PHILADELPHIA (AP) _ A woman has the right to retain two homes used in drug sales if she can prove she opposed her husband's deals, a federal appeals court ruled.

Monday's ruling by a three-judge panel of the 3rd U.S. Circuit Court of Appeals sets a precedent in protecting the privacy of a married couple, said John Paul Garhart, attorney for Jane DiLoreto.

U.S. District Judge Gerald Weber ordered the property forfeited after determining Mrs. DiLoreto knew her husband was selling drugs from the houses.

But the appeals court said Weber should have allowed Mrs. DiLoreto to argue she opposed her husband's use of the homes. The court also said Weber improperly considered hearsay evidence in making his decision.

Garhart said Mrs. DiLoreto, the mother of four, faced a dilemma: either break up the family or continue living with her husband in their Erie homed despite his drug dealing.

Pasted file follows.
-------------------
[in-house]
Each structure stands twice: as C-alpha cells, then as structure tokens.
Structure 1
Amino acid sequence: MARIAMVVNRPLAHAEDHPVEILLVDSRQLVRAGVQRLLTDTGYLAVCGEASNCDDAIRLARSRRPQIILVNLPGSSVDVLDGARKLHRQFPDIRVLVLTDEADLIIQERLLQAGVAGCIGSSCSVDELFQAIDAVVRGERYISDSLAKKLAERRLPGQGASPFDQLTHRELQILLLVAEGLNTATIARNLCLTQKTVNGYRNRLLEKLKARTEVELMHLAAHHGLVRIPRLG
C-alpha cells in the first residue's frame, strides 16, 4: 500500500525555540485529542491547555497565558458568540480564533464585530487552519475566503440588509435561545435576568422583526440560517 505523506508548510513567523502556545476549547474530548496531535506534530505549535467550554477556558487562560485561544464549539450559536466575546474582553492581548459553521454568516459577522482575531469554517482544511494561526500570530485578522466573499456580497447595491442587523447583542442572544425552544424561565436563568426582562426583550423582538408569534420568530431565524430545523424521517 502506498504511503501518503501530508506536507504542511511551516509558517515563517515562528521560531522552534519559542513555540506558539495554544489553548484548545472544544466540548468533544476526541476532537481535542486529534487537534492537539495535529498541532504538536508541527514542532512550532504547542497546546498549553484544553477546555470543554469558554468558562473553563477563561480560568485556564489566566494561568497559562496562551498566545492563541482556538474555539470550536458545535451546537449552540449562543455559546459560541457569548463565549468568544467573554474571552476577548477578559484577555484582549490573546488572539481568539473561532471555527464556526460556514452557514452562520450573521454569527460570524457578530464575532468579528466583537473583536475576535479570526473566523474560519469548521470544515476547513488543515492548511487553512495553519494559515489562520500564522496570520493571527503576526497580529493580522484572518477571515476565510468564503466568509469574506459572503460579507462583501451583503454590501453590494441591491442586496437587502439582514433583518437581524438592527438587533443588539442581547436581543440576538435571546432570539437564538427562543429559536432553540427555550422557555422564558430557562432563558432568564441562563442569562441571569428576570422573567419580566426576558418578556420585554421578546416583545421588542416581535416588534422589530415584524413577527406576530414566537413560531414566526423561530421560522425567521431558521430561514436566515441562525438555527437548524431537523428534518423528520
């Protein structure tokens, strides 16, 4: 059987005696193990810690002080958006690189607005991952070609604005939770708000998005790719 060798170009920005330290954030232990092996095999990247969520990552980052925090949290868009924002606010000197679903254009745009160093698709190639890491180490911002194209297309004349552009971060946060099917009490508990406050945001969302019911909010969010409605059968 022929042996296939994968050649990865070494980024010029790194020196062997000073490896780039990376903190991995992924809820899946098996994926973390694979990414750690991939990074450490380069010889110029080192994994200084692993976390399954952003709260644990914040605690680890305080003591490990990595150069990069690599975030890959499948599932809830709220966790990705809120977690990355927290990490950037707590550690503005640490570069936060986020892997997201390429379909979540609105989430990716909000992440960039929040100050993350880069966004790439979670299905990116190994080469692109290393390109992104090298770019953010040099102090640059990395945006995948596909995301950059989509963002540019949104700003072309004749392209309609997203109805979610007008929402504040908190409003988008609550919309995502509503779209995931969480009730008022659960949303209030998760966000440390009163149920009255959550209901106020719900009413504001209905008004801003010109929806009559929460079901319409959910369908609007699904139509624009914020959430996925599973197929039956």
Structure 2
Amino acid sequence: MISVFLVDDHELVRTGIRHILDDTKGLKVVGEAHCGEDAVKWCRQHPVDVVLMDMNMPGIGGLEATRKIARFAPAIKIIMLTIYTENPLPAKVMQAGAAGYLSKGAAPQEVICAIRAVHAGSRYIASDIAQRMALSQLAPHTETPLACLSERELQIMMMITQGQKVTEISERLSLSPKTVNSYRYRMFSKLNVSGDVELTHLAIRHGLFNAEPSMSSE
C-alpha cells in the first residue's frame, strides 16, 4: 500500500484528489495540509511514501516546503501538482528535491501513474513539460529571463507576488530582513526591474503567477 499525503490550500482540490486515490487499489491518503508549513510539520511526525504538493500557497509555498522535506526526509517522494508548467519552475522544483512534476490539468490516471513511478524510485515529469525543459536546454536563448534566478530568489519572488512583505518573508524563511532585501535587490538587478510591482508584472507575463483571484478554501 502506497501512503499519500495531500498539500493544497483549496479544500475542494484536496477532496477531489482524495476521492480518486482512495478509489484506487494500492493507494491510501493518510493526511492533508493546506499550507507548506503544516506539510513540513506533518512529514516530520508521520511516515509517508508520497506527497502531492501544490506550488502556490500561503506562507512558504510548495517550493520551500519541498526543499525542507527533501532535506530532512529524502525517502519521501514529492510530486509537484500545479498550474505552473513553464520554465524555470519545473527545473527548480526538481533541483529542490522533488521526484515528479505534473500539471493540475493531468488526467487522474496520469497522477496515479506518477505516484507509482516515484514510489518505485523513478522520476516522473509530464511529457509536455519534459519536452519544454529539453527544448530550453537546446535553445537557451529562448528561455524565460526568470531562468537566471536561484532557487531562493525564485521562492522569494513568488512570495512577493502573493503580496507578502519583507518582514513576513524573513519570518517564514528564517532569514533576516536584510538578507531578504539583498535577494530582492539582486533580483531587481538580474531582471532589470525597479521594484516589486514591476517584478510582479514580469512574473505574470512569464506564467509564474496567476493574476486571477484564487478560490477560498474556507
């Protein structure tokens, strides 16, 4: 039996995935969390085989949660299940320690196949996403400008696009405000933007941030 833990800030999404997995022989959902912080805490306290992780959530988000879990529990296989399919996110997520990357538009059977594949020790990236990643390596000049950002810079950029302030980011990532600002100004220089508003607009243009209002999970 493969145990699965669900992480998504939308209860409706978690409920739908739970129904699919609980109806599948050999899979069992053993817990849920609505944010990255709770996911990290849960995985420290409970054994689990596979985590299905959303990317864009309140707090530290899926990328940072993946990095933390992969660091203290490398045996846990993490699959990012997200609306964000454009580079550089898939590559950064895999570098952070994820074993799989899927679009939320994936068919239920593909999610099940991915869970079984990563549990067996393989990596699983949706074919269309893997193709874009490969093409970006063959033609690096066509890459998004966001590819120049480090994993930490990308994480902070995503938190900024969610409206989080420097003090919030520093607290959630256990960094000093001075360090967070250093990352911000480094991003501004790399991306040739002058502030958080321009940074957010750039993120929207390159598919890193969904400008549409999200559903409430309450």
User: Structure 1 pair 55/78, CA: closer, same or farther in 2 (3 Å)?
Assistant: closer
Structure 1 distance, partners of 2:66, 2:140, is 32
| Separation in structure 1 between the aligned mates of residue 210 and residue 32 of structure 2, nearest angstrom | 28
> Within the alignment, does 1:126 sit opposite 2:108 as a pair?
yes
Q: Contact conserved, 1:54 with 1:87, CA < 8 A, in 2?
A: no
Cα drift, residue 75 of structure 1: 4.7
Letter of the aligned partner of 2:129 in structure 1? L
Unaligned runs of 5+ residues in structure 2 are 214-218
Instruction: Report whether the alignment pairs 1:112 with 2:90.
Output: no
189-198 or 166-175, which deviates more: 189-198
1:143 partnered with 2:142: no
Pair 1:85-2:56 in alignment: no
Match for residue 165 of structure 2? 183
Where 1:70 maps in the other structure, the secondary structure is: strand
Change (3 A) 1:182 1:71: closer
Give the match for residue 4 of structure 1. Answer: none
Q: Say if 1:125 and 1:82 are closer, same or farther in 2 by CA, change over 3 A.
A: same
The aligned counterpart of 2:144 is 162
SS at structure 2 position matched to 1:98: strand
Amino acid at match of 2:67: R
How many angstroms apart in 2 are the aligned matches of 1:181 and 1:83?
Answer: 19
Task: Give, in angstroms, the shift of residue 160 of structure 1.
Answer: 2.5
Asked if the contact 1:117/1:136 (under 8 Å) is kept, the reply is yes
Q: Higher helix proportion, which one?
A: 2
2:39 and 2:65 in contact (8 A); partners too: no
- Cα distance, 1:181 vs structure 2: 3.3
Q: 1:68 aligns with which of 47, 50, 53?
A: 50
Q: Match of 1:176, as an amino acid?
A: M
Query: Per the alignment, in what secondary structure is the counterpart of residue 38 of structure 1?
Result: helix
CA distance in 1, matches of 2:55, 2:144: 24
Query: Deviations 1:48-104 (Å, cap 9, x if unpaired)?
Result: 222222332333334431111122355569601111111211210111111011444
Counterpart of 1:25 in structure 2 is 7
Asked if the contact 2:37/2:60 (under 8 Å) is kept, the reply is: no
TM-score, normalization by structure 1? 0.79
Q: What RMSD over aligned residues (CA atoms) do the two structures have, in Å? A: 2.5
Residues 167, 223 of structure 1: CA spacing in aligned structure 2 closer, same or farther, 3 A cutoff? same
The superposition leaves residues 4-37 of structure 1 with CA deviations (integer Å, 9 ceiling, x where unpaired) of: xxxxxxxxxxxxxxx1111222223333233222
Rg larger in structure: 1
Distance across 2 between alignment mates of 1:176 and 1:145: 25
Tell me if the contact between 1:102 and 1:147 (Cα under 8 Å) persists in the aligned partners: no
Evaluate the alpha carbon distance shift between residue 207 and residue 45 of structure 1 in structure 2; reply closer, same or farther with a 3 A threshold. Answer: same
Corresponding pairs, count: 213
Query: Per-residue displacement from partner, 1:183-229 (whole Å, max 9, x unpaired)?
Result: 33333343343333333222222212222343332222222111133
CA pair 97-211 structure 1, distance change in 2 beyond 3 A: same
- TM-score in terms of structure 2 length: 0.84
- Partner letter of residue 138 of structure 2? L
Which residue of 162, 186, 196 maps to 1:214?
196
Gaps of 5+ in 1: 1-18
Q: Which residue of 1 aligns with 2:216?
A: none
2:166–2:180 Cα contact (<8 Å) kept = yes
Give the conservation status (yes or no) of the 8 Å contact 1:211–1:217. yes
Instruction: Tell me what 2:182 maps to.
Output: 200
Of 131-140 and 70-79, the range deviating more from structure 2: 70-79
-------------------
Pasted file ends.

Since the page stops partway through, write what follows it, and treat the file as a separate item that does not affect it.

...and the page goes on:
''The government would have us carve so deeply into the marital relationship for so little gain in the war on drugs,'' he said.

Garhart said the appeals court seemed to be ''trying to make the statute comport to the real world.''

The 3rd Circuit placed the burden of proof on Mrs. DiLoreto and gave the district court leeway to decide whether she will need any evidence beyond her denials to support her defense.

DiLoreto's husband, Richard, 32, was convicted Aug. 10, 1988, of conspiracy to sell $1 million worth of cocaine and marijuana, two counts of using a telephone in the conspiracy and failing to report income from cocaine sales.

Last month, he was sentenced to five years in prison without parole.

Assistant U.S. Attorney Constance M. Bowden would not comment on the decision.